Attract the Right Job or Clientele:
Most people recognize that delayed problem-solving affects the bottom-line. However, few will take swift action to resolve problems. Today’s story illustrate what can go wrong.
The standout story is that of a maintenance company. They claim they don’t have enough time to fix building issues in one community. The property management company that hires the firm was content to let them work at their own pace. But allowing insufficient insulation around the entry doors is not a good answer during the chilly winter months. The problem-solving effort was to turn up the heat.
‘Penny wise and pound foolish,’ is a proverb that comes to mind.
When pressed for a fix, the maintenance people provided a half-hearted response. A chain of email followed. The messaging featured a flow of excuses for the way they handle their problem-solving. When proper actions are not taken, the condo values will not see a favorable gain.
Entrepreneurs and Corporate Sales
In the corporate and the entrepreneurial environments, consider issues encountered by clients or among fellow employees.
- Do you or management side-step the problems?
- Or do you take responsibility for getting them fixed?
The fact is, the longer the delays in making better decisions, the costlier the solution. Most notable is that clients will move their business to another supplier. Companies experience a sinkhole of declining revenue and increasing costs. At year end, the evidence of loss is in the bottom-line.
The best approach is to ask oneself, “What’s the worst that can happen?”
Should you work with a team, get everyone involved. In the above situation, the building can gradually deteriorate over time creating a decline in value of the condos.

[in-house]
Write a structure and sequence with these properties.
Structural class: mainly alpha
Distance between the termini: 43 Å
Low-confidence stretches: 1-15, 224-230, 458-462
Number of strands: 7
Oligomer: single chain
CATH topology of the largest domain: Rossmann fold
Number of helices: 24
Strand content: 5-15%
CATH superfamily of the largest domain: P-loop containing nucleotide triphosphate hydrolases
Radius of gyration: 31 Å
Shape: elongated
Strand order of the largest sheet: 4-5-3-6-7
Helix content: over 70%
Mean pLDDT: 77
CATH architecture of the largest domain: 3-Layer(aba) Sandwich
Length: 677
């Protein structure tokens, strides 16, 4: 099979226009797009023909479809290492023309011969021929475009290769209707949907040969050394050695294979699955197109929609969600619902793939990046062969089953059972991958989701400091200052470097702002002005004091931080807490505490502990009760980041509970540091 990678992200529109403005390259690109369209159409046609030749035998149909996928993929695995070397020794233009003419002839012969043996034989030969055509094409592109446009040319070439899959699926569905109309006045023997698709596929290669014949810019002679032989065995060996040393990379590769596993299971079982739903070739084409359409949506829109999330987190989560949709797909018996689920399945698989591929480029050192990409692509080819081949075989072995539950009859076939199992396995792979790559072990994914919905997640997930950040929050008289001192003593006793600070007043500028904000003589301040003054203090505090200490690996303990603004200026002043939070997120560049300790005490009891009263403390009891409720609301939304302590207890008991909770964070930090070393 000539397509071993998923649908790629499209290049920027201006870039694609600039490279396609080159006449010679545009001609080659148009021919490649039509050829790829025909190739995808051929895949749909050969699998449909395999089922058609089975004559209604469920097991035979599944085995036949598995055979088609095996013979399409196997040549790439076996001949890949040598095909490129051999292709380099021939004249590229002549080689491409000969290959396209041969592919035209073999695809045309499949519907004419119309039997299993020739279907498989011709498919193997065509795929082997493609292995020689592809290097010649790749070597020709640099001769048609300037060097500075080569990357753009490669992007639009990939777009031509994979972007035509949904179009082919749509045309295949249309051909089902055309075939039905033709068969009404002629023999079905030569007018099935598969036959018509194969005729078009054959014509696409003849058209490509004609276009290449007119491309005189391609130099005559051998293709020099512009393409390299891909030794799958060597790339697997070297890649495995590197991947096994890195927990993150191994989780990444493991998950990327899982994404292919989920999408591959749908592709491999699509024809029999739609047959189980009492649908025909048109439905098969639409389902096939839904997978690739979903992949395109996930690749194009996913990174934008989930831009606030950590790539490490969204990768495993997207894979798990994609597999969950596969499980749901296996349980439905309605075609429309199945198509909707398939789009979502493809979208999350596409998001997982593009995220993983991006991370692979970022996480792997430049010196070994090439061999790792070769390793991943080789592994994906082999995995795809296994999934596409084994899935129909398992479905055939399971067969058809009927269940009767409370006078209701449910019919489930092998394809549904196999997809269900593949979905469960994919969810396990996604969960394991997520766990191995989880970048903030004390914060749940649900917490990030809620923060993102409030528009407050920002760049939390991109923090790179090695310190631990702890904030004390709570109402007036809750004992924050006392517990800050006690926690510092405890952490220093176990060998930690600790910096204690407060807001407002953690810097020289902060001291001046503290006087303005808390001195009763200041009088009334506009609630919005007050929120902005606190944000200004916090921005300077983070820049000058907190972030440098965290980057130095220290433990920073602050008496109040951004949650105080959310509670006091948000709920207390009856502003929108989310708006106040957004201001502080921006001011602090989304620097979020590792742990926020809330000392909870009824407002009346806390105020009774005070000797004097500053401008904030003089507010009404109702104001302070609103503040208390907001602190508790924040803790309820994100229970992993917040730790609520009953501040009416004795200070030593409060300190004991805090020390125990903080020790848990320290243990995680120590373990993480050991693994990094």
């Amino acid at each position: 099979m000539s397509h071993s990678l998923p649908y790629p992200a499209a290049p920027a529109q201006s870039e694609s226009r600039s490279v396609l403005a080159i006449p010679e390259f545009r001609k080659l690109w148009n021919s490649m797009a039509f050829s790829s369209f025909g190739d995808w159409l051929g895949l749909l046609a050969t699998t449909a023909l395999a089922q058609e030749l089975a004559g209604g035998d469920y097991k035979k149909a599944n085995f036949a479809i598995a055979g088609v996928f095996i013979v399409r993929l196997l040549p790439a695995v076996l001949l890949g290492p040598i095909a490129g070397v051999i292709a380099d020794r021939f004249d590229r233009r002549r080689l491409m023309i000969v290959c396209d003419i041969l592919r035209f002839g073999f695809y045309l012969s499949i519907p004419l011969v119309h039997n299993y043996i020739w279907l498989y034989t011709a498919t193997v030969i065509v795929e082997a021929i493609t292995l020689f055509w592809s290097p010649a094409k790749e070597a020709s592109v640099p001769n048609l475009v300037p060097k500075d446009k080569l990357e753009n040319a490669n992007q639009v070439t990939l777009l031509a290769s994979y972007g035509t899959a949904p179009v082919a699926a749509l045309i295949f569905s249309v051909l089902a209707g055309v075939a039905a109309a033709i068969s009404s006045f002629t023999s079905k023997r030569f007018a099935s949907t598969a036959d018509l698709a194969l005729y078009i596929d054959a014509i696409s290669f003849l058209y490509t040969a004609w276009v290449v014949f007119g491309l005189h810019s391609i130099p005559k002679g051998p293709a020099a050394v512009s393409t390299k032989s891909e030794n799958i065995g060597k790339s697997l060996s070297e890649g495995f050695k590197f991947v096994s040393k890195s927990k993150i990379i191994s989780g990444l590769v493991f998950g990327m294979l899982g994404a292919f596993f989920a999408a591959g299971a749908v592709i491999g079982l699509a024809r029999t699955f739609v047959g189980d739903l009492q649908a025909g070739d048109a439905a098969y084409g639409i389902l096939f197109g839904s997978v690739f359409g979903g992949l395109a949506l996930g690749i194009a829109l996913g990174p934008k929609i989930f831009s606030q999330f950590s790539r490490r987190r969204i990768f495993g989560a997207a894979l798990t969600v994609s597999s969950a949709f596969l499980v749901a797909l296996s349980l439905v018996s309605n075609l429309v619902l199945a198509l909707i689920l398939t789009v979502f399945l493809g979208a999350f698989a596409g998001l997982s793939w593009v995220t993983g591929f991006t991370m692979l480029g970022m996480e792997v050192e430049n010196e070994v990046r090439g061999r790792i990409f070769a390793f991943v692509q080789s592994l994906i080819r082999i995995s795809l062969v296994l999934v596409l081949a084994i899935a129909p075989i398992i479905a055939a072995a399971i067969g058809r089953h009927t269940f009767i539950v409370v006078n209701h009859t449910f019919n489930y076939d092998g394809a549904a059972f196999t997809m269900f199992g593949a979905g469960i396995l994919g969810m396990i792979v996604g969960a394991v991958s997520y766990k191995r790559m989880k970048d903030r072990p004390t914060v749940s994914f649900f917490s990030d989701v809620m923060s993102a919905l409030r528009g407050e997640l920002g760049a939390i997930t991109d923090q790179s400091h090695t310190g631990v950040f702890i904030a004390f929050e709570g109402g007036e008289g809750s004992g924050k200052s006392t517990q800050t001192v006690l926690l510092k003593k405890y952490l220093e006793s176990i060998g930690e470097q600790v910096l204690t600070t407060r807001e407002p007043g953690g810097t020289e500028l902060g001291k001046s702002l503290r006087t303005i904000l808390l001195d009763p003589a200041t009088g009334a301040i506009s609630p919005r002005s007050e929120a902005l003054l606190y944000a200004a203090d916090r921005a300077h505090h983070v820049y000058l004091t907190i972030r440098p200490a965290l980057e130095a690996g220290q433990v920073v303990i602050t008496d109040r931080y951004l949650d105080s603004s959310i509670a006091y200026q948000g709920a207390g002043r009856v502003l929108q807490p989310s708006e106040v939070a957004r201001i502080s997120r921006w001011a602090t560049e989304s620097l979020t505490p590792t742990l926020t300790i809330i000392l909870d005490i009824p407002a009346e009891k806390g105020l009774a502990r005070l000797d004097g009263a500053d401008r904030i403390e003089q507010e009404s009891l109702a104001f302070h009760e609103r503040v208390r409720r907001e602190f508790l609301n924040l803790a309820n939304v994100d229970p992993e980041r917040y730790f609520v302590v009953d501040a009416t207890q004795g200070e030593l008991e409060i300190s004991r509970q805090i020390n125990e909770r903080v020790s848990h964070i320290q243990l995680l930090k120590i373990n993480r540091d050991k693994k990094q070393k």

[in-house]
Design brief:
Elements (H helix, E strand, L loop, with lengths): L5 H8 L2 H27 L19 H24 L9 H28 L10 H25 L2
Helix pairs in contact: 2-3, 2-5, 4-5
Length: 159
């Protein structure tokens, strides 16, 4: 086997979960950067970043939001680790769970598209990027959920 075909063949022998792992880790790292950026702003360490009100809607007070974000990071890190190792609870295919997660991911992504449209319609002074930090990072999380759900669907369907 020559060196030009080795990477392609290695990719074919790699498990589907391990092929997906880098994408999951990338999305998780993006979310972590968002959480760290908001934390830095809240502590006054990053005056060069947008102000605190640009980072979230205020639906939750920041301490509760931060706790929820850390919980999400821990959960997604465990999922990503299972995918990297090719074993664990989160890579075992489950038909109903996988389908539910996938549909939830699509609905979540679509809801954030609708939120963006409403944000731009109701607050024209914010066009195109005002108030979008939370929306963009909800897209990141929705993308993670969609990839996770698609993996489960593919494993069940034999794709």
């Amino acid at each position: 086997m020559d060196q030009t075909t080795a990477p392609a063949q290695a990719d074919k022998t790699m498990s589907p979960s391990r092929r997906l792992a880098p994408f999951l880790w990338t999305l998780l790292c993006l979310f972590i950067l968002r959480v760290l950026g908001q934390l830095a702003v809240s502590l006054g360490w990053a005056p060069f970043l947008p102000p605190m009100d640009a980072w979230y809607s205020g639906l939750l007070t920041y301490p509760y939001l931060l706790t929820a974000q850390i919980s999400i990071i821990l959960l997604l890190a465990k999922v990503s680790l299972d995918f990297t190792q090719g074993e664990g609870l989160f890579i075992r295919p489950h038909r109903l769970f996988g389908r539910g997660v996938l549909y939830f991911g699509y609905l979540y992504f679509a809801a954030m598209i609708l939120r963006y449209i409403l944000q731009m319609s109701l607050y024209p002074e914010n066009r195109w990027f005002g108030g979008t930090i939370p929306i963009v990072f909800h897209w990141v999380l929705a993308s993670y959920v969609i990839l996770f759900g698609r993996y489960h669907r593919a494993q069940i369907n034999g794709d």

In the sales arena, the worst that can happen is not only having clientele depart, but also harsh reviews spread virally. Reputation, personal brand and the bottom-line are all at stake with our decision-making processes.
Review, revise and make your process work to everyone’s benefit.
You most likely have been involved in situations where you knew laziness affected the decision-making process. No one wanted to put in the effort required for the better solution. Usually, the upfront cost is the issue, but no one takes into account the cost of not implementing the best fix.
Take time to reflect on the incident and answer these questions:
- How would you have handled the problem?
- Was money lost in the process?
- In the future, what actions can you take to ensure a better outcome?
Apply all of these learning experiences to the welfare of your clientele. The first phase is to listen very carefully to what customers have to say. Get clarity on the underlying implications. Next, ask for clarification on anything you don’t quite understand. Should there be a conflict of ideas, ask “what if” style questions to point the conversation in a better direction.
The worst approach is to inflict one’s decision on another. The better solution to solving problems is to gain everyone’s perspective first. Once questions are asked, and answers are received, it is far easier to get consensus.
The above steps also serve as practice for a friendly negotiation in earning sales. When you have everyone buying into the fix, you become credible and trustworthy. Credibility and trust lead to a returning and referring clientele.
Sales Tips for Problem-Solving
- Ask out-loud, ‘what’s the worst that can happen?’
- Include all those concerned in the decision-making process.
- Gain everyone’s ideas for a possible fix.
- When parts of a solution are turned down, get to the ‘why’ this is so.
- For the answers you don’t understand, ask for clarification.
- In response to answers that don’t seem quite right, ask, ‘what if…?’
- Always work toward consensus in fixing issues.
- Once the solution is in place, ask for feedback to continue improving.
- Practice fixing issues so that you are comfortable with negotiating and leading.
- Celebrate Success!
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